Total tackles are sometimes used as a measure for a player's impact in the running game, but total tackles also include tackles on passing plays, and not all tackles are created equal: a tackle after a 15-yard gain is not the same as a tackle at the line of scrimmage on third down. Which is why PFF has a metric called "stops." Stops are a defensive play that constitutes an offensive failure, i.e. the offense doesn't achieve the average yardage expected for the remaining distance (40% of required yards on first down, 60% of required yards on second down, and 100% of required yards on third down).

According to PFF, McClain has 15 tackles on 81 run snaps. 12 of those tackles counted as a stop, which gives McClain a run stop percentage of 14.8%, the second highest value in the league.

Pass Coverage

Thanks in large part to his two interceptions, McClain has a defensive passer rating of 51.2, the fourth-lowest value among inside linebackers. McClain's pass coverage numbers suffer from small sample sizes issues this early in the season, but the eight receptions he's allowed so far have only averaged 6.5 yards, the fourth lowest value among inside linebackers.


But even this collection of efficiency stats do not paint an accurate picture of McClain and his impact on the Cowboys. Bob Sturm of the Dallas Morning News puts in words what the numbers above cannot do:

There is no question that Rolando McClain is out of this world right now and a devastating force. How he was in retirement is a great mystery to all involved.

McClain's impact on the Cowboys is such that his former college coach Nick Saban had to field questions about McClain in a telephone conference about the the upcoming Texas A&M at Alabama game.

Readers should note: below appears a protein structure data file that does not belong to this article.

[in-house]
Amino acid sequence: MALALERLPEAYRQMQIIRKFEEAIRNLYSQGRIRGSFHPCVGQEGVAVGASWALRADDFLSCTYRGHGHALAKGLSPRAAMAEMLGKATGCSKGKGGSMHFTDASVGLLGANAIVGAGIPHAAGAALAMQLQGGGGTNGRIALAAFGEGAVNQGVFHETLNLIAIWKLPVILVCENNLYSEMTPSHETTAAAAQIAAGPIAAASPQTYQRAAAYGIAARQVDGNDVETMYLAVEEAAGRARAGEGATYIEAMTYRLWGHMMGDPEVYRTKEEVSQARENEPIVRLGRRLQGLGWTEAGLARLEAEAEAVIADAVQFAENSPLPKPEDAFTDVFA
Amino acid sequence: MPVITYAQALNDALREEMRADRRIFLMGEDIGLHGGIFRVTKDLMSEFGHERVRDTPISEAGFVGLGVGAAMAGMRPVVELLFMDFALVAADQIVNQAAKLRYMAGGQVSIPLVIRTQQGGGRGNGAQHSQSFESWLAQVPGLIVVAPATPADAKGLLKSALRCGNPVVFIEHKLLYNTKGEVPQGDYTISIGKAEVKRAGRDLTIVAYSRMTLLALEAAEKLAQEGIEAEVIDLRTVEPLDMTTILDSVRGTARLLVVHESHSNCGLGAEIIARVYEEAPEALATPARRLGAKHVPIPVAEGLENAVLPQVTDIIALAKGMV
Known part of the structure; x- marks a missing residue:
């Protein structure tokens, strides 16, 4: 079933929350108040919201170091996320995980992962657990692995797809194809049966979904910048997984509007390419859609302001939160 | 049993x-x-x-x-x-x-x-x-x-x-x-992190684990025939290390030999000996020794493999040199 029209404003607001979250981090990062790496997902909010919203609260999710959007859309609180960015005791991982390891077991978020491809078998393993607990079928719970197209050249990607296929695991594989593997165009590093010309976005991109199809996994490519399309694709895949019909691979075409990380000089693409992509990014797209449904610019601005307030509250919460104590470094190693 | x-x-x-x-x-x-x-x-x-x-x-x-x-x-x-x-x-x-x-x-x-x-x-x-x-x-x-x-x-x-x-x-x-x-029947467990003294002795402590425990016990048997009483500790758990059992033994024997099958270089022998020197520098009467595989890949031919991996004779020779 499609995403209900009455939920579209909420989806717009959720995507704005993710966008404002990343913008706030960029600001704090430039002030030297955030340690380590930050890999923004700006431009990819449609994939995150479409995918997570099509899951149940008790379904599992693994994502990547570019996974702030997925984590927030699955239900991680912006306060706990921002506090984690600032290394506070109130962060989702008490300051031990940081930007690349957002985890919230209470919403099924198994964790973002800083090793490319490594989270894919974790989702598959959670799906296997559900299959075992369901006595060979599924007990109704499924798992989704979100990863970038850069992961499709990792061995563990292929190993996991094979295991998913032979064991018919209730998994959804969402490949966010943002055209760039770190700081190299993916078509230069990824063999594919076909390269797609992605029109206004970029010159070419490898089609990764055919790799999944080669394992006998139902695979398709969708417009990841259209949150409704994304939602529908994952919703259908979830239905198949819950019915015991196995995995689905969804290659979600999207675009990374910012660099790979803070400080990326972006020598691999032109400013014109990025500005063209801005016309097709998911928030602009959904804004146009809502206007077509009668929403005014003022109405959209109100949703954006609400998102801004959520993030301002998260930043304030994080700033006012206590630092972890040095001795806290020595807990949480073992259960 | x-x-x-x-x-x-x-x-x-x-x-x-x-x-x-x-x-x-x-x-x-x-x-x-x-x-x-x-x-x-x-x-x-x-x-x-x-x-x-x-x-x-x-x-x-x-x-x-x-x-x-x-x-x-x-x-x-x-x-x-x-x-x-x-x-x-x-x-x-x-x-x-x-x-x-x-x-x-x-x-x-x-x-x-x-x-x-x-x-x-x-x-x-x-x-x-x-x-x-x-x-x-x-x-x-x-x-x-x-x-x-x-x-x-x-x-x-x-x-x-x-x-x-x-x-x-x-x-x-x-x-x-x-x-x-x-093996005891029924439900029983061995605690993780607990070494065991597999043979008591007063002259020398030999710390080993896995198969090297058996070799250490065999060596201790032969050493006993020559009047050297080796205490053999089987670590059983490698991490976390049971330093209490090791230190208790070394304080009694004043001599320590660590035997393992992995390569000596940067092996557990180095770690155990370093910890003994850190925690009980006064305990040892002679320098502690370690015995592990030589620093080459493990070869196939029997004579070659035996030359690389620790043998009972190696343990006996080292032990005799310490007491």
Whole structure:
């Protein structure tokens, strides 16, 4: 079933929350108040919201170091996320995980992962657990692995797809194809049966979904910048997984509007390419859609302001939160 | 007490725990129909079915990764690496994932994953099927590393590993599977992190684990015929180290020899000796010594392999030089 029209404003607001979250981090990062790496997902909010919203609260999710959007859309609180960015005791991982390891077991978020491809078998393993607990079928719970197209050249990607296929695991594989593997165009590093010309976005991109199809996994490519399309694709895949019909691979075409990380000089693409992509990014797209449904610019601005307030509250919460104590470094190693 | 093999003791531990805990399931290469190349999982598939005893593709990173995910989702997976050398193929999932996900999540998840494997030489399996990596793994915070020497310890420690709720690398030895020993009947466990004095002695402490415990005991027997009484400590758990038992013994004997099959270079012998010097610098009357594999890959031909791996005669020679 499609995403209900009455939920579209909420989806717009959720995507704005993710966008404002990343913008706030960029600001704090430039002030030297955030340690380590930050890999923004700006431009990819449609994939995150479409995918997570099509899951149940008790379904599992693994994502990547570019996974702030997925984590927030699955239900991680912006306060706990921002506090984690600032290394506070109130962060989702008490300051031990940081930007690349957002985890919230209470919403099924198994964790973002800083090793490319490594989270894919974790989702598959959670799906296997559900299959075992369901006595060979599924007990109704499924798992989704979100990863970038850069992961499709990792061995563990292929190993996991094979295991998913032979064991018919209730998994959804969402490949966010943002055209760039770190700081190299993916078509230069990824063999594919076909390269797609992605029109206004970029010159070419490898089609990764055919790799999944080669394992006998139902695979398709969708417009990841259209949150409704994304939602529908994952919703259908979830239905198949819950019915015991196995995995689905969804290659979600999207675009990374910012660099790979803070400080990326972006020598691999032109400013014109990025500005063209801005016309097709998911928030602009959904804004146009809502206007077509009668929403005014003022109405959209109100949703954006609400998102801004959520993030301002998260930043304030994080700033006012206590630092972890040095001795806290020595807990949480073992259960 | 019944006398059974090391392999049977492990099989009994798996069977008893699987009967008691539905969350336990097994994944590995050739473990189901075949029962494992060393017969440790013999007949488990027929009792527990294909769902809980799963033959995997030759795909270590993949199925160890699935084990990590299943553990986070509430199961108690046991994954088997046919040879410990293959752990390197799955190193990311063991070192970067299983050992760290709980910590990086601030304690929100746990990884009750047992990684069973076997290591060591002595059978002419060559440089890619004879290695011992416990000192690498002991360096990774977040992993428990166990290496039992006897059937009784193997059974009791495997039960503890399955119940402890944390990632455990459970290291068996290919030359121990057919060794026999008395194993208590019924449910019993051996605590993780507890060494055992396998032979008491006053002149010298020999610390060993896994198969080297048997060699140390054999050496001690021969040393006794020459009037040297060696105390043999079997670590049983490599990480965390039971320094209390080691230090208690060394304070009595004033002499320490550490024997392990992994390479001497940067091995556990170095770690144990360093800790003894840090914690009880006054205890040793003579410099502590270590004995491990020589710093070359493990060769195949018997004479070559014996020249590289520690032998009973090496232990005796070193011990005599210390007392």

Beyond the stats and the external accolades, perhaps the most important aspect of Rolando McClain's return to football is the impact he's had on his teammates:

  • "He’s like a created player," whose overwhelming skills break the balance of a video game, said cornerback Brandon Carr.
  • "Just his presence is intimidation," safety J.J. Wilcox added.
  • "It was a huge impact," safety Barry Church said of McClain’s absence at the end of the Texans game. "He’s one of the leaders on our defense. He brings that physical nature to every snap, and losing him… it did hurt."
  • "He's an animal, man," cornerback Orlando Scandrick said of McClain after the Seahawks game.

"He's a top-10 pick in the draft and I think we're seeing around here why he was," Stephen Jones said. "He certainly had some things that held him back in his career, but he seems to have put a lot of those things behind him and he looks like a top-10 player. He's making plays like that. He's big, he's physical. As anyone can see who watches the game, when he hits you, you go down. He has range."

Not bad for a player many immediately wrote off when the Cowboys traded for him, and not bad for a front office that was widely ridiculed for the trade.

  • Matt Mosley of Foxsports called the trade a "move that makes no sense," and wrote that he'd be shocked "if McClain makes it through the first week of training camp."
  • Ex-Redskins GM and now NFL columnist Charley Casserly called a the trade for Rolando McClain a "waste of time" and said "I don't think he can play."
  • Bleeding Green Nation, who have an odd fixation with everything remotely Cowboys-related, called the move "beyond perplexing."
  • Eric Edholm of YahooSports didn't try to hide his disdain for the trade: "Jerry Jones just traded for a retired guy. Never change, Jerry."

In any case, if McClain keeps playing at the level he's been playing at - and the Cowboys continue to have success - he'll have a very strong case for the CPOY Award.

[EDIT: The quote below was published after this post went up, but I felt it provides a fitting end to this post, so I'm including it.]

We'll let McClain's current coach, defensive coordinator Rod Marinelli have the last word on McClain:

"How he hits and how he plays, that’s how we want him to play," Marinelli said. "I just think he leads with his play. He’s got rare ability. He is really a terrific leader in his own way. Guys seem to rally around a guy like that, physical presence. He hits. He runs. He likes to practice. He practices hard. He leads by what he does."

"When you really love what you’re doing it just oozes out of you," Marinelli said. "It’s contagious to everybody else. That’s the best type of leadership. You don’t need all the talking. If he needs to talk, he says something. Strong. But mostly it’s about how he plays.

"Just watch the tape."